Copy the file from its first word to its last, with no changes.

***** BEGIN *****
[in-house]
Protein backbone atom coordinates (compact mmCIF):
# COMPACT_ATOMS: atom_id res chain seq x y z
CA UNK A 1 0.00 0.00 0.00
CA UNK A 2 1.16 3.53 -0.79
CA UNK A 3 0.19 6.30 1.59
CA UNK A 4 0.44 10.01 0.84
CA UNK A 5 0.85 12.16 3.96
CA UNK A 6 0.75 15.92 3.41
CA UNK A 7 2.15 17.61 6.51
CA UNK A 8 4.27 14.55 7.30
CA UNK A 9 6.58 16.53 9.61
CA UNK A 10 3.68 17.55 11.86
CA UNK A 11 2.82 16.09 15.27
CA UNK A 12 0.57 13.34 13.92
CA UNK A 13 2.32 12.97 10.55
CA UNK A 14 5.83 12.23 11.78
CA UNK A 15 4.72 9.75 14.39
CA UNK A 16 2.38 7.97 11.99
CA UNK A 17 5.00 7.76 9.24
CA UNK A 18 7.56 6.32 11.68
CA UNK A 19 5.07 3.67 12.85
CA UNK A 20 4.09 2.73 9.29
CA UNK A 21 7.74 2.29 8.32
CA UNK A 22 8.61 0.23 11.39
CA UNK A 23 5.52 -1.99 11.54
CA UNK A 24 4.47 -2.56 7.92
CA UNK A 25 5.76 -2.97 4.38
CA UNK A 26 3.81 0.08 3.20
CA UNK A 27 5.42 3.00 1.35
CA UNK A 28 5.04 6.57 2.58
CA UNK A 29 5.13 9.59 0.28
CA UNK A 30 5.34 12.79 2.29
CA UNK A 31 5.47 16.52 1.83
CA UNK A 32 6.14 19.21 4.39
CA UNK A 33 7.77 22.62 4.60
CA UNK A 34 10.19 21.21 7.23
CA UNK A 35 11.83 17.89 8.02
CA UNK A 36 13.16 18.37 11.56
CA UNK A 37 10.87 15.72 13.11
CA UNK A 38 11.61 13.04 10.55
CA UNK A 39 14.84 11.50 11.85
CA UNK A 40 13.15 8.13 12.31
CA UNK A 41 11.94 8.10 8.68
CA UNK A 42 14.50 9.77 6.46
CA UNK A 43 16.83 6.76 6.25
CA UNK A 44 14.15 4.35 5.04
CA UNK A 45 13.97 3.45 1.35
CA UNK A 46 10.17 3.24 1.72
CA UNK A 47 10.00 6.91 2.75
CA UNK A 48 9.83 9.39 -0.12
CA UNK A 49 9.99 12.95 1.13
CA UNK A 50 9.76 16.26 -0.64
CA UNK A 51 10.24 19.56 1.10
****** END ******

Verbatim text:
[in-house]
Protein backbone atom coordinates (compact mmCIF):
# COMPACT_ATOMS: atom_id res chain seq x y z
CA UNK A 1 0.00 0.00 0.00
CA UNK A 2 1.16 3.53 -0.79
CA UNK A 3 0.19 6.30 1.59
CA UNK A 4 0.44 10.01 0.84
CA UNK A 5 0.85 12.16 3.96
CA UNK A 6 0.75 15.92 3.41
CA UNK A 7 2.15 17.61 6.51
CA UNK A 8 4.27 14.55 7.30
CA UNK A 9 6.58 16.53 9.61
CA UNK A 10 3.68 17.55 11.86
CA UNK A 11 2.82 16.09 15.27
CA UNK A 12 0.57 13.34 13.92
CA UNK A 13 2.32 12.97 10.55
CA UNK A 14 5.83 12.23 11.78
CA UNK A 15 4.72 9.75 14.39
CA UNK A 16 2.38 7.97 11.99
CA UNK A 17 5.00 7.76 9.24
CA UNK A 18 7.56 6.32 11.68
CA UNK A 19 5.07 3.67 12.85
CA UNK A 20 4.09 2.73 9.29
CA UNK A 21 7.74 2.29 8.32
CA UNK A 22 8.61 0.23 11.39
CA UNK A 23 5.52 -1.99 11.54
CA UNK A 24 4.47 -2.56 7.92
CA UNK A 25 5.76 -2.97 4.38
CA UNK A 26 3.81 0.08 3.20
CA UNK A 27 5.42 3.00 1.35
CA UNK A 28 5.04 6.57 2.58
CA UNK A 29 5.13 9.59 0.28
CA UNK A 30 5.34 12.79 2.29
CA UNK A 31 5.47 16.52 1.83
CA UNK A 32 6.14 19.21 4.39
CA UNK A 33 7.77 22.62 4.60
CA UNK A 34 10.19 21.21 7.23
CA UNK A 35 11.83 17.89 8.02
CA UNK A 36 13.16 18.37 11.56
CA UNK A 37 10.87 15.72 13.11
CA UNK A 38 11.61 13.04 10.55
CA UNK A 39 14.84 11.50 11.85
CA UNK A 40 13.15 8.13 12.31
CA UNK A 41 11.94 8.10 8.68
CA UNK A 42 14.50 9.77 6.46
CA UNK A 43 16.83 6.76 6.25
CA UNK A 44 14.15 4.35 5.04
CA UNK A 45 13.97 3.45 1.35
CA UNK A 46 10.17 3.24 1.72
CA UNK A 47 10.00 6.91 2.75
CA UNK A 48 9.83 9.39 -0.12
CA UNK A 49 9.99 12.95 1.13
CA UNK A 50 9.76 16.26 -0.64
CA UNK A 51 10.24 19.56 1.10